Genetic Counseling Clinic

In addition to seeing patients and families alongside our geneticists and physician assistant in our general Genetics Clinic, our genetic counselors staff a Genetic Counseling Clinic held each Monday.  

What is a genetic counselor?
Genetic counselors are health professionals with specialized graduate degrees and experience in the areas of medical genetics and counseling. Most enter the field from a variety of disciplines, including biology, genetics, nursing, psychology, public health and social work.

A genetic counselor works closely with individuals and families to translate scientific knowledge into practical information. Genetic counselors work as members of a health care team, providing information and support to families who have members with genetic disorders and to families who may be at risk for a variety of inherited conditions. They identify families at risk, investigate the problem present in the family, interpret information about the disorder, analyze inheritance patterns and risks of recurrence and review available options with the family. Genetic counselors also provide supportive counseling to families, serve as patient advocates and refer individuals and families to community or state support services. (Adopted by the National Society of Genetic Counselors, Inc. 1983)

What happens at a genetic counseling visit? 
A genetic counseling visit takes approximately 1 hour.  To assess your risk for an inherited condition, one of our licensed genetic counselors will ask questions about your medical and family history. The genetic counselor will draw a pedigree, or detailed family tree, which shows your relatives, their relationship to you, and medical health concerns. At your visit, the genetic counselor may explain details of a specific condition, discuss genetic testing, clarify recurrence risks, and review management and surveillance options. The ultimate goal is that you and your family understand the medical facts and the available options to help make important health decisions. Follow-up appointments may be necessary in this ongoing process. For additional information on preparing for an upcoming appointment, see Clinical Services: Preparing for your visit.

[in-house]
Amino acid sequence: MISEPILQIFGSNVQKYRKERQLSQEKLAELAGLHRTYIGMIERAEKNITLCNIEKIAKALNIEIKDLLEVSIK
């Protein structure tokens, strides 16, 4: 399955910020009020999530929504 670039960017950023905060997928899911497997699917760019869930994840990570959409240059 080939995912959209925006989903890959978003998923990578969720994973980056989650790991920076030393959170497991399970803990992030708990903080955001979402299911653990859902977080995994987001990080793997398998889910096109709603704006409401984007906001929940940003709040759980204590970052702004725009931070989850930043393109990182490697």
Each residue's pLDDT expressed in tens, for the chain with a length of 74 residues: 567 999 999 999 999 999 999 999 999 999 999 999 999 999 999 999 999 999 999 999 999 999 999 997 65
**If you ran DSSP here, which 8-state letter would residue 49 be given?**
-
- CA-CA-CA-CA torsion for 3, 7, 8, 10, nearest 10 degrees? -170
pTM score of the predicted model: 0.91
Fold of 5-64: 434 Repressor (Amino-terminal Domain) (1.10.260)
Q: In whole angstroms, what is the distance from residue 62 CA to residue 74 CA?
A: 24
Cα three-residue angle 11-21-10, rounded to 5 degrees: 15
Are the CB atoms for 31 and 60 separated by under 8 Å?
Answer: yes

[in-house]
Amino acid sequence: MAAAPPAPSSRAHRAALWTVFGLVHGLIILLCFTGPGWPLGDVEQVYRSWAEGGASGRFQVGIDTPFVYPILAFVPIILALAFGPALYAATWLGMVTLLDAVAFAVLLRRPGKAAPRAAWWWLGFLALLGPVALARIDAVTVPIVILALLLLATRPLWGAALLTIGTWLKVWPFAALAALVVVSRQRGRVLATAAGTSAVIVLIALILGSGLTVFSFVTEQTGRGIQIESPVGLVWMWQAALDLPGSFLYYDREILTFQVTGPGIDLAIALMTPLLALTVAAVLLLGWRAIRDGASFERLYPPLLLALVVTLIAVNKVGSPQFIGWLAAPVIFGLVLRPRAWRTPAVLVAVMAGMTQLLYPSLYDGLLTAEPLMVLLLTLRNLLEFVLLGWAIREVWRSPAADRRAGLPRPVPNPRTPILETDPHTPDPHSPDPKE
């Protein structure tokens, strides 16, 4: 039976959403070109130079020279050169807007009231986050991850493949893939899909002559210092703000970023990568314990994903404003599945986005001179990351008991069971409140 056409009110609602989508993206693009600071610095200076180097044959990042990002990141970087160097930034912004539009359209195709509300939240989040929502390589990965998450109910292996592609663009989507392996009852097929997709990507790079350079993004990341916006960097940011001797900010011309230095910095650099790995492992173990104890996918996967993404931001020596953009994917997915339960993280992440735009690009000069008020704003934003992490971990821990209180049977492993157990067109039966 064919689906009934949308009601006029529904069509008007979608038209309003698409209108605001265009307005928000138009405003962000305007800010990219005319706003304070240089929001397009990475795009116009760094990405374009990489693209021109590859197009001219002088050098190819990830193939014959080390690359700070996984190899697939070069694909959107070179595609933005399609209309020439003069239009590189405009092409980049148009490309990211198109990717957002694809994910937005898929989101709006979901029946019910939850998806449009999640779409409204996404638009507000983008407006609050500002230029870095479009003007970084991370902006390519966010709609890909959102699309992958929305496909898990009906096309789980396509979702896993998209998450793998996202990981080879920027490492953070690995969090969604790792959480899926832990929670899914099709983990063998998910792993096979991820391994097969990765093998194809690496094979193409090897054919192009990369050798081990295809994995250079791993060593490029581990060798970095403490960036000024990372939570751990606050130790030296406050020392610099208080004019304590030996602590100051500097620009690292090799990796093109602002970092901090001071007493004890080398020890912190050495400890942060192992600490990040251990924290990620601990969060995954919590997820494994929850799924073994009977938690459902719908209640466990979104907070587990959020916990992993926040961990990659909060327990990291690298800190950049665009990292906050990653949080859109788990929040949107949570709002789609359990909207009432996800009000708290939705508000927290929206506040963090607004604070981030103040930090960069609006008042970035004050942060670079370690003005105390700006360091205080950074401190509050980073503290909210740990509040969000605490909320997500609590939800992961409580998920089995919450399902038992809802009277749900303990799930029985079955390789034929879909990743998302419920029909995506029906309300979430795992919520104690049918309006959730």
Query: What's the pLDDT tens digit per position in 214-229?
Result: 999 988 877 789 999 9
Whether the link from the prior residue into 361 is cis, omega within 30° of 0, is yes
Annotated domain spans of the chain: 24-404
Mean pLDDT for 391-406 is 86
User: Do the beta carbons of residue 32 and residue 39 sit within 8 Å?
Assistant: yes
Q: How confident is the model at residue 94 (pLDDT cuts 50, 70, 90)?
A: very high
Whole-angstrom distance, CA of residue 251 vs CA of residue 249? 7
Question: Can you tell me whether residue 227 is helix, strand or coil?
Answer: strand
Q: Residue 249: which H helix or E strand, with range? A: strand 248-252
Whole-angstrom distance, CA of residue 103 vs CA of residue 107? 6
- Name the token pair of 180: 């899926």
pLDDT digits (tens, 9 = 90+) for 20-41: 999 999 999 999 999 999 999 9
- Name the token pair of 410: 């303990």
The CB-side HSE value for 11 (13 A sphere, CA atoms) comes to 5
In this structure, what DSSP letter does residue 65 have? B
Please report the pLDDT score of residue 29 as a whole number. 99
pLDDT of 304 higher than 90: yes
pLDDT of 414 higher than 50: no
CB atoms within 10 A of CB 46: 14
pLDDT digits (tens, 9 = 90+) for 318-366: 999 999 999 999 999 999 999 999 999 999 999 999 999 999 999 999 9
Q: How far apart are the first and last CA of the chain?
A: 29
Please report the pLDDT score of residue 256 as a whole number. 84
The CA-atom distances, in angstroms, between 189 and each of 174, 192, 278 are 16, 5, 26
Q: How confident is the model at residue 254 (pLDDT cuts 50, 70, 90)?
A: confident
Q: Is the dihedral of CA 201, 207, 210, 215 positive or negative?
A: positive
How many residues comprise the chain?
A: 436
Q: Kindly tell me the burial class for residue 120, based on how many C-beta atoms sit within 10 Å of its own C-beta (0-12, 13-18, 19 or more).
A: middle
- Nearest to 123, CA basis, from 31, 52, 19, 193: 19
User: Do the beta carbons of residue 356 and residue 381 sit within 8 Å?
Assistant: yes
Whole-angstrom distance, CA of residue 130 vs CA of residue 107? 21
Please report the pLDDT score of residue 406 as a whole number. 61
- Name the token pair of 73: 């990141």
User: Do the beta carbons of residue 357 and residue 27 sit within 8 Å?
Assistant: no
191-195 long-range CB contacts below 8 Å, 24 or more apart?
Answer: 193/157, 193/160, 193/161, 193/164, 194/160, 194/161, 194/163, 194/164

Who might benefit from an appointment with a genetic counselor?
Individuals referred for:

  • Cancer risk assessment: breast, ovarian, colon, etc.
  • Huntington’s disease or other adult-onset disorder
  • Carrier testing and/or counseling
  • Preconception counseling
  • Discussion of genetic test results
  • Family history of a  known genetic condition

What is a cancer risk assessment?
Many individuals are referred for a genetic counseling visit to discuss their personal or family history of cancer. A cancer risk assessment may provide information about your individual risk for developing cancer, potential screening or risk reduction strategies,  as well as to help you make decisions about genetic testing. The genetic counselor may discuss the benefits as well as limitations of genetic testing, cancer surveillance and preventative strategies/options, test results and their implications—including emotional impact and effect on other family members. Referrals to other health care professionals may also be considered. Follow-up appointments may be necessary in this ongoing process. 

Recommended Referrals for Cancer Risk Assessment

  • Young age of cancer diagnosis (less than 50 years for breast cancer)
  • Multiple primary cancer diagnoses 
  • Family history of same cancer or multiple other cancers
  • Rare cancer type
  • Family history of known genetic cancer condition
If you have questions about your personal or family history and would like to speak with one of our licensed genetic counselors, call 405-271-4211 to schedule an appointment